To form a limited company by following procedures prescribed by law. On incorporation the limited company becomes a separate legal entity distinct from its owners.
The inability of a company to meet its debts as they become due.
Shares which have been actually allotted by the limited company and in respect of which the allottees have been entered in the limited company’s register of members.
A person whose name has been entered in the limited company’s register of members in respect of the shares they hold in the limited company.
The Memorandum of Association is the limited company’s charter enabling the outsider to establish the extent of the limited company’s powers.
Regulations published by the government for the management of a limited company.
The amount of share capital that a limited company is allowed to issue. When the limited company is incorporated, this is stated in its Memorandum of Association. For example, "£100 divided into 100 shares of £1 each". The shares are then said to have a nominal, or "par", value of £1 each and, if the limited company wants to issue more than 100 of them, it must pass a company resolution to increase its capital.
A decision reached by a simple majority (more than 50 per cent) of limited company members voting in person or by proxy.
Ascertaining the will of the shareholders at a general meeting of the limited company by counting shareholders’ votes according to the size of their shareholdings.
The rights of existing shareholders granting them first option to acquire shares which are to be transferred or issued in proportion to their present shareholding.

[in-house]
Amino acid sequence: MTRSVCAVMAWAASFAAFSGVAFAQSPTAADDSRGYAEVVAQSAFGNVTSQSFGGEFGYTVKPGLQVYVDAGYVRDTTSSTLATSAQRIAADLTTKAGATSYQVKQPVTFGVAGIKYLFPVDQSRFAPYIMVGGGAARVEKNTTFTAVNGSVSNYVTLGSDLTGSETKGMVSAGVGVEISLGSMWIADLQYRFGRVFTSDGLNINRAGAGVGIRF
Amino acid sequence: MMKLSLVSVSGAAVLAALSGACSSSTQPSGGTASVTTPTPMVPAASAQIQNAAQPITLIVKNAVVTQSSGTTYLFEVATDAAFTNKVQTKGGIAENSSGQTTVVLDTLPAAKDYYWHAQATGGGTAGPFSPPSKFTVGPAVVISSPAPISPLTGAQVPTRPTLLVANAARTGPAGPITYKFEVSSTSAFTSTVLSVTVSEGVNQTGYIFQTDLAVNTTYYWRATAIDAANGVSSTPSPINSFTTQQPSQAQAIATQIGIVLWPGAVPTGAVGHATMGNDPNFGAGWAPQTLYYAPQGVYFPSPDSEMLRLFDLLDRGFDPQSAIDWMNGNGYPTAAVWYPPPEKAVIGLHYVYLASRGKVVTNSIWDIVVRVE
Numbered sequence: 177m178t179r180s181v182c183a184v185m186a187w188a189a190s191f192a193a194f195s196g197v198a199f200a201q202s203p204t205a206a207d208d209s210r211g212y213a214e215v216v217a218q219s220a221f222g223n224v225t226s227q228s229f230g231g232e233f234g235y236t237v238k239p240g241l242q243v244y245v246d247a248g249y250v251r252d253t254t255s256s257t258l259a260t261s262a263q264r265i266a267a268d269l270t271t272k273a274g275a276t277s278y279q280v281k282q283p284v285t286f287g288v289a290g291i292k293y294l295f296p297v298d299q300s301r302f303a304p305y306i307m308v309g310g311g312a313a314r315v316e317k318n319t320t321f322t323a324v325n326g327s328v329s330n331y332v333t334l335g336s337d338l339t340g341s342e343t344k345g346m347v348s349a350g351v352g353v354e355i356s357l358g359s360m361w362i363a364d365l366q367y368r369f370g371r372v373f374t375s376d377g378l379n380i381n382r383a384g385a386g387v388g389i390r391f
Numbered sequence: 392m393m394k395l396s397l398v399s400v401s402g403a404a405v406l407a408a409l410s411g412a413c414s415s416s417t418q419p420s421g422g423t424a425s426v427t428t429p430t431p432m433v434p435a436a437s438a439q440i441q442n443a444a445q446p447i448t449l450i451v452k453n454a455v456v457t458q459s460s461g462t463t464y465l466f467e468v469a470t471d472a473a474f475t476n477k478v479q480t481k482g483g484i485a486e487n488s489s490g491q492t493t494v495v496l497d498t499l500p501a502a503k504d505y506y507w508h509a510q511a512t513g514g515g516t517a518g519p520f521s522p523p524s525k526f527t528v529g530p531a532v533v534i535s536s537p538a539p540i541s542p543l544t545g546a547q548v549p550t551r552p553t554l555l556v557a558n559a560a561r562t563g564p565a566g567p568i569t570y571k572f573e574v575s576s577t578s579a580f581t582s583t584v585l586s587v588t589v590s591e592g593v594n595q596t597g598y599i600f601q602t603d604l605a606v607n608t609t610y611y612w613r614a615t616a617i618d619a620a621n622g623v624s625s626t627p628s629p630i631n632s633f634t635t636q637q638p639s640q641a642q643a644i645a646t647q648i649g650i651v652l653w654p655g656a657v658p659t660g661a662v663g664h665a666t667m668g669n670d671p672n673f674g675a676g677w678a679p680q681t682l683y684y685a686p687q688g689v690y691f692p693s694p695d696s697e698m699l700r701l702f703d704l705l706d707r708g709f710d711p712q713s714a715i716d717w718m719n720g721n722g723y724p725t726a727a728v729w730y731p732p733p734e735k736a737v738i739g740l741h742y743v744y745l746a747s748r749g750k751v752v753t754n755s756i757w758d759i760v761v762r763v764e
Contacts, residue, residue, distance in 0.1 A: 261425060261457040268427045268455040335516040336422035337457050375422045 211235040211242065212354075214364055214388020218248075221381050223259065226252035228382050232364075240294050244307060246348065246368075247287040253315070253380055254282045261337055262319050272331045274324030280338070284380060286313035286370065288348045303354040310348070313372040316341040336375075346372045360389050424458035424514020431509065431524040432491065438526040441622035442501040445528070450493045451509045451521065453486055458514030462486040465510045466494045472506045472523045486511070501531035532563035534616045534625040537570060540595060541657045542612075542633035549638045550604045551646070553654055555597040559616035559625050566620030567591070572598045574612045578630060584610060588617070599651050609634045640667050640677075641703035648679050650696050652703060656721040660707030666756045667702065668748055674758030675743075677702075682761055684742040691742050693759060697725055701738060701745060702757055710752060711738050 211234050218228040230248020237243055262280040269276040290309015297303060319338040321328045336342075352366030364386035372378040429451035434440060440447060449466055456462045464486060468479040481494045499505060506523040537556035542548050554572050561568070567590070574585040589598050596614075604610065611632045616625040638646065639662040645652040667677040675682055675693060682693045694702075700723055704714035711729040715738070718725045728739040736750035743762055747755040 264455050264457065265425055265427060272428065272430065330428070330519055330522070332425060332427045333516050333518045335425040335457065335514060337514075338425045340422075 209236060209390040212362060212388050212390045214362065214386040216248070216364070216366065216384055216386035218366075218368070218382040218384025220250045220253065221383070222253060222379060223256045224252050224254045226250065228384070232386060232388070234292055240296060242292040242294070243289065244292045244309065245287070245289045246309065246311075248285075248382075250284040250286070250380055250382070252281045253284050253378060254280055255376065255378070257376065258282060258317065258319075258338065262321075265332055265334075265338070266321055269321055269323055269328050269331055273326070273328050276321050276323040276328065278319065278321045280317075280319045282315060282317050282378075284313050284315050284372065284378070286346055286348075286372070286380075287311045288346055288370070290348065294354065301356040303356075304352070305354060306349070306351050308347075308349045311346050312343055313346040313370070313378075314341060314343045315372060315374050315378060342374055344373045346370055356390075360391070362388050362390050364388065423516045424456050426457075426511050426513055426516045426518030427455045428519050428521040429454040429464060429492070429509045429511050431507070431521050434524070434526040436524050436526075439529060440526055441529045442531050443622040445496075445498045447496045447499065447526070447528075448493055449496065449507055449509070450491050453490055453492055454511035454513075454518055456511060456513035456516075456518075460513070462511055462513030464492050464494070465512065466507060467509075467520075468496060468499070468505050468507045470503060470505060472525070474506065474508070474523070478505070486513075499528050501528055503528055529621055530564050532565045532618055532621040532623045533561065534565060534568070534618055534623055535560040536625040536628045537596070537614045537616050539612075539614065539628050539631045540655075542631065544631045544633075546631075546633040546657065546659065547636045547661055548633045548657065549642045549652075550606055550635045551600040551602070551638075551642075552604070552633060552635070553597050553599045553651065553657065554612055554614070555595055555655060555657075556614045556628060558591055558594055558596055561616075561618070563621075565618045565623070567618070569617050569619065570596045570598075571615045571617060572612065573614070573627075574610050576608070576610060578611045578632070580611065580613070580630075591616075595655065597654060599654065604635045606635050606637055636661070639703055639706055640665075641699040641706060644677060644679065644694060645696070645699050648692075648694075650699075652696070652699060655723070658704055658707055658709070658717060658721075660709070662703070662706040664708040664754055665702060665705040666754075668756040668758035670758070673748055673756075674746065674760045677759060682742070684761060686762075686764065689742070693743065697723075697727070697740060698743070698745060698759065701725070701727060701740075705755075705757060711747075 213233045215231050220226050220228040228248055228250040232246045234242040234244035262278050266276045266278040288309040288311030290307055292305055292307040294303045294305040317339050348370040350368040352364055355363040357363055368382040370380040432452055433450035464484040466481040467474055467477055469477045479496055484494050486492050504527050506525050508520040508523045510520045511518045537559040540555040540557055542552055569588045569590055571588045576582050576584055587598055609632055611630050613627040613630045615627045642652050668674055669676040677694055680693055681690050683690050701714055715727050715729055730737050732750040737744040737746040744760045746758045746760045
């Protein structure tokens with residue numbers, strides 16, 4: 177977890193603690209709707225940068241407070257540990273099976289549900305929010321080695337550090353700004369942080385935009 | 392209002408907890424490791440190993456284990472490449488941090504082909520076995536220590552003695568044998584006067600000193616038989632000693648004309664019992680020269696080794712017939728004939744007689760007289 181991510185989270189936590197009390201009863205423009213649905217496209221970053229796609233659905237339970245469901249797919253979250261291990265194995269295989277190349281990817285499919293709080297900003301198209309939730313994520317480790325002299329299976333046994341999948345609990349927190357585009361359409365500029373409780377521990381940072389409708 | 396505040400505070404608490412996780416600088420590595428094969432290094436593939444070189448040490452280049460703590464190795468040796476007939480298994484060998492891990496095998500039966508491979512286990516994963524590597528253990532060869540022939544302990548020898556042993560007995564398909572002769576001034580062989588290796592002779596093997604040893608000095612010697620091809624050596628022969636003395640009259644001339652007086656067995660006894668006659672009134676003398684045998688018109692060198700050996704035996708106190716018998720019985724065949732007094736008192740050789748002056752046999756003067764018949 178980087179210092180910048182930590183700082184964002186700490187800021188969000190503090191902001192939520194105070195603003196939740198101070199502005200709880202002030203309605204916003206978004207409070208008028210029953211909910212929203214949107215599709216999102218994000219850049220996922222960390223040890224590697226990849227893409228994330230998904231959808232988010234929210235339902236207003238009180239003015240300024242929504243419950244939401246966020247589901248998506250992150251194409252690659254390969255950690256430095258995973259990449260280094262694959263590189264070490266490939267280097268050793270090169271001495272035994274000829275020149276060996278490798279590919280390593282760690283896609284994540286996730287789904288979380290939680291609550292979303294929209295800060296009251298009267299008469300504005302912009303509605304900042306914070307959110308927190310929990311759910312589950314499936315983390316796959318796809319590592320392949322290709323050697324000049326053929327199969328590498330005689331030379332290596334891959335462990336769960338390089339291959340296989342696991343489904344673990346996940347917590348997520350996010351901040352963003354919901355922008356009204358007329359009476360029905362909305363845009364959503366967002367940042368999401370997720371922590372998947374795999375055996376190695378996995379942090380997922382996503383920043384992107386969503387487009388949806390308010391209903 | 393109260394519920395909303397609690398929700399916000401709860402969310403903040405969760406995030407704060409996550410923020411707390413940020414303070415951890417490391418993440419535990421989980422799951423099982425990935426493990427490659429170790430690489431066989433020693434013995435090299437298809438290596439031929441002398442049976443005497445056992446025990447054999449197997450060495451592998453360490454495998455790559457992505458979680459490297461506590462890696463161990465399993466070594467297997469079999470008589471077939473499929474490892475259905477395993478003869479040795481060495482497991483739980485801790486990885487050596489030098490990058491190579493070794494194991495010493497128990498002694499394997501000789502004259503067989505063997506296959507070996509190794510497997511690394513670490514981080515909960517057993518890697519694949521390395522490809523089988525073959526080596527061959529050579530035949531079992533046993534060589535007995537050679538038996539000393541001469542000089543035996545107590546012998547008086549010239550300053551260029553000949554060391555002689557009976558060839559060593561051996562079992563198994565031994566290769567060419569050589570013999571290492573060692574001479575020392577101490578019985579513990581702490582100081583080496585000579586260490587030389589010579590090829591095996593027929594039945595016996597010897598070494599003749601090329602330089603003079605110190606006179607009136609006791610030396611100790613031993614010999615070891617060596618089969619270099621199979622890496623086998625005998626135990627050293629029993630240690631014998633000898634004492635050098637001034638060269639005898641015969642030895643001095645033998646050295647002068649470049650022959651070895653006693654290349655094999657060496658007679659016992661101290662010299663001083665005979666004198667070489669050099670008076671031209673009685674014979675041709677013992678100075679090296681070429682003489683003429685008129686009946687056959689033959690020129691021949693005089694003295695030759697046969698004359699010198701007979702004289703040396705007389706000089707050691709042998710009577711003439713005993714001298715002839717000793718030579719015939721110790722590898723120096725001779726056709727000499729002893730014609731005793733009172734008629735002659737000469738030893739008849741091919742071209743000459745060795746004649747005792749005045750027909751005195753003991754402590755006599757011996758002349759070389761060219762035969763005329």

Authorisation by a shareholder allowing another to vote on his behalf.
A type of limited company incorporated by registration under the Companies Act which may offer its shares to the public (a private company cannot do this) and is subject to a number of additional requirements under the Companies Act.
The number of shareholders or limited company directors necessary for a vote in a valid meeting.
The postal address of the limited company notified to Companies House.
Payment for services.
Written and executed instrument showing who holds title to a particular share or series of shares.
A holder of one or more shares in the capital of a limited company.
A decision reached by not less than 75 per cent of limited company members voting in person or by proxy at a general meeting.
The records that a limited company must keep as required by law. Changes must in many cases be notified to Companies House. The records should be kept at the limited company’s registered office and be available to the public for inspection.
A person who signs the Memorandum of Association and is issued the first shares in a new limited company.
For limited companies incorporated before 1 October 2009 these were the Model Articles. These have been replaced by Model Articles (see above).
Arranging the affairs of, and then dissolving, a company.
A company resolution passed by either the shareholders or the directors of the limited company by signing a written form of the company resolution rather than voting at a meeting of the limited company or at a meeting of the directors of the limited company.